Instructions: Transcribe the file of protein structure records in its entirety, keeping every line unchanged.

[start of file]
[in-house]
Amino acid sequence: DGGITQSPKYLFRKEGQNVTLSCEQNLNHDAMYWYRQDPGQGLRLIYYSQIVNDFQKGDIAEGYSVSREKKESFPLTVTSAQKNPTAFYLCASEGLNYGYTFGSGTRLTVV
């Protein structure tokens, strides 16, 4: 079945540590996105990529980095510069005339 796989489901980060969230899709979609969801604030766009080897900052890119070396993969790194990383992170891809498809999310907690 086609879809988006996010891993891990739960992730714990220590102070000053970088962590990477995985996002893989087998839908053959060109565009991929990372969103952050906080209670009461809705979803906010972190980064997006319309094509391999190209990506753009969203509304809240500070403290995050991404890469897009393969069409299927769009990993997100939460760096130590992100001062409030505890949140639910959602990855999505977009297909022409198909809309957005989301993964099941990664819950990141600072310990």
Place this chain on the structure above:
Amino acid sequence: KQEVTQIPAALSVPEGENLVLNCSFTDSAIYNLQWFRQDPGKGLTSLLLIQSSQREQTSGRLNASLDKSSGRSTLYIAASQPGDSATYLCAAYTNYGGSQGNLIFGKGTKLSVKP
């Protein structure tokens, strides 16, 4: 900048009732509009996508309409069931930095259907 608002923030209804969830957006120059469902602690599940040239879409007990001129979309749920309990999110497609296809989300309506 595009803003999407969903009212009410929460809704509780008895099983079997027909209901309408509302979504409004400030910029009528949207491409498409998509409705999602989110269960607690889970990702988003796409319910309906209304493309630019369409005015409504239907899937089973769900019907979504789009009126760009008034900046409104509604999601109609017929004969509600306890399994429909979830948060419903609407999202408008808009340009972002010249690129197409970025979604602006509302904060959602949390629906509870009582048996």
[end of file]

[in-house]
Amino acid sequence: DGGITQSPKYLFRKEGQNVTLSCEQNLNHDAMYWYRQDPGQGLRLIYYSQIVNDFQKGDIAEGYSVSREKKESFPLTVTSAQKNPTAFYLCASEGLNYGYTFGSGTRLTVV
């Protein structure tokens, strides 16, 4: 079945540590996105990529980095510069005339 796989489901980060969230899709979609969801604030766009080897900052890119070396993969790194990383992170891809498809999310907690 086609879809988006996010891993891990739960992730714990220590102070000053970088962590990477995985996002893989087998839908053959060109565009991929990372969103952050906080209670009461809705979803906010972190980064997006319309094509391999190209990506753009969203509304809240500070403290995050991404890469897009393969069409299927769009990993997100939460760096130590992100001062409030505890949140639910959602990855999505977009297909022409198909809309957005989301993964099941990664819950990141600072310990």
Place this chain on the structure above:
Amino acid sequence: KQEVTQIPAALSVPEGENLVLNCSFTDSAIYNLQWFRQDPGKGLTSLLLIQSSQREQTSGRLNASLDKSSGRSTLYIAASQPGDSATYLCAAYTNYGGSQGNLIFGKGTKLSVKP
């Protein structure tokens, strides 16, 4: 900048009732509009996508309409069931930095259907 608002923030209804969830957006120059469902602690599940040239879409007990001129979309749920309990999110497609296809989300309506 595009803003999407969903009212009410929460809704509780008895099983079997027909209901309408509302979504409004400030910029009528949207491409498409998509409705999602989110269960607690889970990702988003796409319910309906209304493309630019369409005015409504239907899937089973769900019907979504789009009126760009008034900046409104509604999601109609017929004969509600306890399994429909979830948060419903609407999202408008808009340009972002010249690129197409970025979604602006509302904060959602949390629906509870009582048996």